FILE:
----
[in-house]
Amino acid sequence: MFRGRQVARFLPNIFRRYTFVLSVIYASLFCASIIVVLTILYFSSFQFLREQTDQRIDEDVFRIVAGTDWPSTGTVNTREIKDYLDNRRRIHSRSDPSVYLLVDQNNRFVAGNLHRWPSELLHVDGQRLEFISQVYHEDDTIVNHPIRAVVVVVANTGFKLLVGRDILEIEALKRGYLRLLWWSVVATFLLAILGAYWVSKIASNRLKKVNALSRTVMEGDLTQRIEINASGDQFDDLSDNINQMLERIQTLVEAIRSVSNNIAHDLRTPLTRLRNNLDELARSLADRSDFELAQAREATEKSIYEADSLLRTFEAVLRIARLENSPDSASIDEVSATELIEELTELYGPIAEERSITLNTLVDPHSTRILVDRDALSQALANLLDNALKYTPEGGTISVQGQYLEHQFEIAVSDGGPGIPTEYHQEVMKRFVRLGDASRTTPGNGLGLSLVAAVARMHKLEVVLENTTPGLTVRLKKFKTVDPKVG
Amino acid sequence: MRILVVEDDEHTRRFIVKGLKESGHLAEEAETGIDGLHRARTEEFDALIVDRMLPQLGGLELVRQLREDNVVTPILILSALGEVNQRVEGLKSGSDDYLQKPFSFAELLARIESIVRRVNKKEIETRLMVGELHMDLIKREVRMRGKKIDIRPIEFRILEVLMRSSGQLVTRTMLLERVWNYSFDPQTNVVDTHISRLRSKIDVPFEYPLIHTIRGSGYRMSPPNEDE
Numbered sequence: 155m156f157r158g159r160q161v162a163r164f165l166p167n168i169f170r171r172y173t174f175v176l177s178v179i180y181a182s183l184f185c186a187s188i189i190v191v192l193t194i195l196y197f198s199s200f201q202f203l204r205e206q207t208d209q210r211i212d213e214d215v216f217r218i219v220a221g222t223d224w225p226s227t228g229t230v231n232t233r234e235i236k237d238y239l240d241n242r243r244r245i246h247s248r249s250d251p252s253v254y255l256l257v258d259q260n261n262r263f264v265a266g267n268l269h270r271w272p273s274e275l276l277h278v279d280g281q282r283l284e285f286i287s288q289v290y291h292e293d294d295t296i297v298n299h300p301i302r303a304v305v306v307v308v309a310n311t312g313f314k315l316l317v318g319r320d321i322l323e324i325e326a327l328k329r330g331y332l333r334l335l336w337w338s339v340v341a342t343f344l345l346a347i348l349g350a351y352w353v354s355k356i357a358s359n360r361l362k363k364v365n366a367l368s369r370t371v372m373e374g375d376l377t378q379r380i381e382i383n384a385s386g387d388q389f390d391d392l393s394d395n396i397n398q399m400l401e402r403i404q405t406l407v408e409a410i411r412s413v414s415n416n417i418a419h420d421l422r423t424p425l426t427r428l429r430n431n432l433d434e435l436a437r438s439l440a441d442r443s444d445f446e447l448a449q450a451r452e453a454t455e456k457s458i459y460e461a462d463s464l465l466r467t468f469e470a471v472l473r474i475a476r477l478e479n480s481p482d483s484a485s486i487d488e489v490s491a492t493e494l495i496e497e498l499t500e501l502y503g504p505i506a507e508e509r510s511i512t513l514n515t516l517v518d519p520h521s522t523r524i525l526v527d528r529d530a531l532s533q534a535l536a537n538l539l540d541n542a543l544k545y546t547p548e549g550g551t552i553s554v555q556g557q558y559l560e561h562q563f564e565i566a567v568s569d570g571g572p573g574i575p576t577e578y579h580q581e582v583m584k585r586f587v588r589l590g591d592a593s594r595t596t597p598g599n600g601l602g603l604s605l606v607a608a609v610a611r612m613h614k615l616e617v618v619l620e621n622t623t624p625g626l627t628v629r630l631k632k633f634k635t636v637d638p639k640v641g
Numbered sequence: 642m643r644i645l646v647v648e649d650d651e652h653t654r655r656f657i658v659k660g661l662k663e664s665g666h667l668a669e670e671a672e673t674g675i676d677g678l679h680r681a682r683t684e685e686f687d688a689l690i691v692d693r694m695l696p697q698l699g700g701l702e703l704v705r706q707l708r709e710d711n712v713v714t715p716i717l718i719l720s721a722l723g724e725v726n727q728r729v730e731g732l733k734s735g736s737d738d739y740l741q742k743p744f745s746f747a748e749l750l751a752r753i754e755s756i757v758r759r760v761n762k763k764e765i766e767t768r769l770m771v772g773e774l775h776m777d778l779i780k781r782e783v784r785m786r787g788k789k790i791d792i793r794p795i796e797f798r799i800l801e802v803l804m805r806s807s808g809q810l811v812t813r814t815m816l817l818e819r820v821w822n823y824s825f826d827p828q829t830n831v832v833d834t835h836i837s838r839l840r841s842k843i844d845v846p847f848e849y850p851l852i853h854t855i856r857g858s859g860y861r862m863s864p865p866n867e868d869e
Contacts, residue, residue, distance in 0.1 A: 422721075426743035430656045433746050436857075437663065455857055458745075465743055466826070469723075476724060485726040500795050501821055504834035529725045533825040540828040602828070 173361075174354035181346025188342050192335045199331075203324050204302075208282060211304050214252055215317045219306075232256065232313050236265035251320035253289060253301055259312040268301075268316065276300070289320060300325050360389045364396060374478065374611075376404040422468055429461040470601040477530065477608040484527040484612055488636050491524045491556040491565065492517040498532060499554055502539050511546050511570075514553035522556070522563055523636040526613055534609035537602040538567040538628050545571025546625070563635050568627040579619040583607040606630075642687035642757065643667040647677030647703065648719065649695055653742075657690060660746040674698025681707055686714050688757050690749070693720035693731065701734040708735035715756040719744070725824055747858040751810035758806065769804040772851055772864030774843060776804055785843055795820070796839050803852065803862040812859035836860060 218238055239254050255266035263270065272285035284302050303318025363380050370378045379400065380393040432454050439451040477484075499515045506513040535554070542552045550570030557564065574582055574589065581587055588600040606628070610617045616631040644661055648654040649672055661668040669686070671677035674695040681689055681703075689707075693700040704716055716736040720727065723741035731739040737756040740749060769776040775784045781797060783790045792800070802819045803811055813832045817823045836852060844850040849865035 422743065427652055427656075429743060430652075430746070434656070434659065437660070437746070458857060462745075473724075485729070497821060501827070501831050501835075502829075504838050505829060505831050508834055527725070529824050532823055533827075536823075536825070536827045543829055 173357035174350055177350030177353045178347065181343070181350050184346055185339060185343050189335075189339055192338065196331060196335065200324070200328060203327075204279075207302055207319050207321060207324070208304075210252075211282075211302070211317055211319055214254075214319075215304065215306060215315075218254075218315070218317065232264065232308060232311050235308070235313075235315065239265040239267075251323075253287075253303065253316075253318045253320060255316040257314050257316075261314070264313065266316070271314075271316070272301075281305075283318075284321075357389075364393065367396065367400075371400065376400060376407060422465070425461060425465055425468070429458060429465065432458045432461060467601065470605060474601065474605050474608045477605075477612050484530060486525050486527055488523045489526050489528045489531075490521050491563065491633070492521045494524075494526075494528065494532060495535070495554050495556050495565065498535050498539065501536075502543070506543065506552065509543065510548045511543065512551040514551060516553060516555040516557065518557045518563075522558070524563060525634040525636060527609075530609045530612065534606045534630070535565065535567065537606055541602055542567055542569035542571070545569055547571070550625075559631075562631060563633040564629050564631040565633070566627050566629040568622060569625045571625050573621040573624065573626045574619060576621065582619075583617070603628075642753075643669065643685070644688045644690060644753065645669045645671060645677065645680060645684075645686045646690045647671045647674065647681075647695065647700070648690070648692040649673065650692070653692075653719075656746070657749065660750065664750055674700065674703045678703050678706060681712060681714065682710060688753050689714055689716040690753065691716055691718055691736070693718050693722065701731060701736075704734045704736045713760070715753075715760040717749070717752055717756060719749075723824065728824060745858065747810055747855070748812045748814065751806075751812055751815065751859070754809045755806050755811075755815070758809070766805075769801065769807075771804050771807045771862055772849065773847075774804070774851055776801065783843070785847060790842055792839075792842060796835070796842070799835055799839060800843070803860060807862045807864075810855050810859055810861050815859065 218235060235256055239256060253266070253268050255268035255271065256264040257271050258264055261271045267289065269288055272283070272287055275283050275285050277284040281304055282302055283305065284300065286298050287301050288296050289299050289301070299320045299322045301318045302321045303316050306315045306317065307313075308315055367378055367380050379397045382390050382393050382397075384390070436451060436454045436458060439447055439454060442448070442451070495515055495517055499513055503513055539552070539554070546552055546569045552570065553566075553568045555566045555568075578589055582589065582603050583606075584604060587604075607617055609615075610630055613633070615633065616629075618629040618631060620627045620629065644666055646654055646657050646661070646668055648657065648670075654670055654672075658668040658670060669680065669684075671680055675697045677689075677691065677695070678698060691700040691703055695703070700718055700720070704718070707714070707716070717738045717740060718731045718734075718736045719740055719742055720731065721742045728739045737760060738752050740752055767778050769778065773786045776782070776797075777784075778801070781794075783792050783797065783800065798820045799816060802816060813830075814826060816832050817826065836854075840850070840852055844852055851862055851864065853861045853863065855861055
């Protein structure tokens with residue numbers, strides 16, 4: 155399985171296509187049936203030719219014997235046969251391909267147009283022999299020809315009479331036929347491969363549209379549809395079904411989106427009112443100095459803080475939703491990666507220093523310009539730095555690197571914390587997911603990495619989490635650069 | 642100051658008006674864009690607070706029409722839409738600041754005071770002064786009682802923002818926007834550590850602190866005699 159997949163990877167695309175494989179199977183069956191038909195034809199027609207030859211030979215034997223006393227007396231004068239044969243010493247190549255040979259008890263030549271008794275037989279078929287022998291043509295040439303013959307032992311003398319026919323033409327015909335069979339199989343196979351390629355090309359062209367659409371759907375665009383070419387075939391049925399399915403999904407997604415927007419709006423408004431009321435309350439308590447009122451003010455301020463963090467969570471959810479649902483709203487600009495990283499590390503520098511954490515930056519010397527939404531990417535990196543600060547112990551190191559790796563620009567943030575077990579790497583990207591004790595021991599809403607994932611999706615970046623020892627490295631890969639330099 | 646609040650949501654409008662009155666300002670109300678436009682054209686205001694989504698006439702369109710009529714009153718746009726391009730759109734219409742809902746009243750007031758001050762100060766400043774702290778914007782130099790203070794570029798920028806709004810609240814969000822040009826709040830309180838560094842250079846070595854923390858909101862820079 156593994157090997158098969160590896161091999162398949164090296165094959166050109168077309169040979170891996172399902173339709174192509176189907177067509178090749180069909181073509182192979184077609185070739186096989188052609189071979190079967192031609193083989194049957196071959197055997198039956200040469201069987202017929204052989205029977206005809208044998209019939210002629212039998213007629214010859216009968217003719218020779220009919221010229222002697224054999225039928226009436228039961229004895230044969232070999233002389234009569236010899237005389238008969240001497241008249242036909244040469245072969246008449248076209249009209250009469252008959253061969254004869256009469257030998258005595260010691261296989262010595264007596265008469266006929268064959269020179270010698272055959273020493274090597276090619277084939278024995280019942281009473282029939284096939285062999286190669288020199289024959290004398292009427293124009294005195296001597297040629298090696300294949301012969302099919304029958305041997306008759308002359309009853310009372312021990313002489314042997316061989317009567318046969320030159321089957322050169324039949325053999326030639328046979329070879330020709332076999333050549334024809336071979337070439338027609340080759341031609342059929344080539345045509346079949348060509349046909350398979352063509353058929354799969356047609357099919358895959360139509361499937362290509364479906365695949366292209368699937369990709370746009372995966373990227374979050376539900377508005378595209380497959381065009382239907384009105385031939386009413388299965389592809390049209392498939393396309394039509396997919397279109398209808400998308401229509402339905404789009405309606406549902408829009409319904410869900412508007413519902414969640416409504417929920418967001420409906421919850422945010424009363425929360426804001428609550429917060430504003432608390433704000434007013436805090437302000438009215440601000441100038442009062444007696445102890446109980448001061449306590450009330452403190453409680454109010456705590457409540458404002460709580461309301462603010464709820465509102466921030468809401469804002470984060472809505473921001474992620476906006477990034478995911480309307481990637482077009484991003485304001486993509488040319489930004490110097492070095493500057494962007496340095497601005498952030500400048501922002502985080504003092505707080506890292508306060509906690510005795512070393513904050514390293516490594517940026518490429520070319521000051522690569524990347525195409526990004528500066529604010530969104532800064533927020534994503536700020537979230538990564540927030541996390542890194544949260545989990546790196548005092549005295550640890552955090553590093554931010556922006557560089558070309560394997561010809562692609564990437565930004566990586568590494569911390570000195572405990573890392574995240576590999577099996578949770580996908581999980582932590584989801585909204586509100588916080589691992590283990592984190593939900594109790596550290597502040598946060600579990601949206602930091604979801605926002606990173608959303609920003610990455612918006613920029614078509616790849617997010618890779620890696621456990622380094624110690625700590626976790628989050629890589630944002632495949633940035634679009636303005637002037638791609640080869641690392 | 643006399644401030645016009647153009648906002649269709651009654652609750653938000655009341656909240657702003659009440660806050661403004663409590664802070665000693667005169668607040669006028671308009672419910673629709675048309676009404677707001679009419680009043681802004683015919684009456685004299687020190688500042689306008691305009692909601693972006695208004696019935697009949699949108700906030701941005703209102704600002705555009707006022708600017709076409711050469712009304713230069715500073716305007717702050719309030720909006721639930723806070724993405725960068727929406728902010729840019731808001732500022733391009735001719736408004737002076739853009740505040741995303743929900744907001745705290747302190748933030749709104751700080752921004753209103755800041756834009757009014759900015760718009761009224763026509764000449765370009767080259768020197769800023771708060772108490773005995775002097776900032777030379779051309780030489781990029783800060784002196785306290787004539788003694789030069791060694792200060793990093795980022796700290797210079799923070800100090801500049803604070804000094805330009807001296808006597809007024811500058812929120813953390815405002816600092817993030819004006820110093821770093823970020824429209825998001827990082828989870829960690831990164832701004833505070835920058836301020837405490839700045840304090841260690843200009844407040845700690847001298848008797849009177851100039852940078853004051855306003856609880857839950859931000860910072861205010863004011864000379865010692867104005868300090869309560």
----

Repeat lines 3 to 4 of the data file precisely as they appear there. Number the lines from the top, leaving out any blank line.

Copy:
Amino acid sequence: MRILVVEDDEHTRRFIVKGLKESGHLAEEAETGIDGLHRARTEEFDALIVDRMLPQLGGLELVRQLREDNVVTPILILSALGEVNQRVEGLKSGSDDYLQKPFSFAELLARIESIVRRVNKKEIETRLMVGELHMDLIKREVRMRGKKIDIRPIEFRILEVLMRSSGQLVTRTMLLERVWNYSFDPQTNVVDTHISRLRSKIDVPFEYPLIHTIRGSGYRMSPPNEDE
Numbered sequence: 155m156f157r158g159r160q161v162a163r164f165l166p167n168i169f170r171r172y173t174f175v176l177s178v179i180y181a182s183l184f185c186a187s188i189i190v191v192l193t194i195l196y197f198s199s200f201q202f203l204r205e206q207t208d209q210r211i212d213e214d215v216f217r218i219v220a221g222t223d224w225p226s227t228g229t230v231n232t233r234e235i236k237d238y239l240d241n242r243r244r245i246h247s248r249s250d251p252s253v254y255l256l257v258d259q260n261n262r263f264v265a266g267n268l269h270r271w272p273s274e275l276l277h278v279d280g281q282r283l284e285f286i287s288q289v290y291h292e293d294d295t296i297v298n299h300p301i302r303a304v305v306v307v308v309a310n311t312g313f314k315l316l317v318g319r320d321i322l323e324i325e326a327l328k329r330g331y332l333r334l335l336w337w338s339v340v341a342t343f344l345l346a347i348l349g350a351y352w353v354s355k356i357a358s359n360r361l362k363k364v365n366a367l368s369r370t371v372m373e374g375d376l377t378q379r380i381e382i383n384a385s386g387d388q389f390d391d392l393s394d395n396i397n398q399m400l401e402r403i404q405t406l407v408e409a410i411r412s413v414s415n416n417i418a419h420d421l422r423t424p425l426t427r428l429r430n431n432l433d434e435l436a437r438s439l440a441d442r443s444d445f446e447l448a449q450a451r452e453a454t455e456k457s458i459y460e461a462d463s464l465l466r467t468f469e470a471v472l473r474i475a476r477l478e479n480s481p482d483s484a485s486i487d488e489v490s491a492t493e494l495i496e497e498l499t500e501l502y503g504p505i506a507e508e509r510s511i512t513l514n515t516l517v518d519p520h521s522t523r524i525l526v527d528r529d530a531l532s533q534a535l536a537n538l539l540d541n542a543l544k545y546t547p548e549g550g551t552i553s554v555q556g557q558y559l560e561h562q563f564e565i566a567v568s569d570g571g572p573g574i575p576t577e578y579h580q581e582v583m584k585r586f587v588r589l590g591d592a593s594r595t596t597p598g599n600g601l602g603l604s605l606v607a608a609v610a611r612m613h614k615l616e617v618v619l620e621n622t623t624p625g626l627t628v629r630l631k632k633f634k635t636v637d638p639k640v641g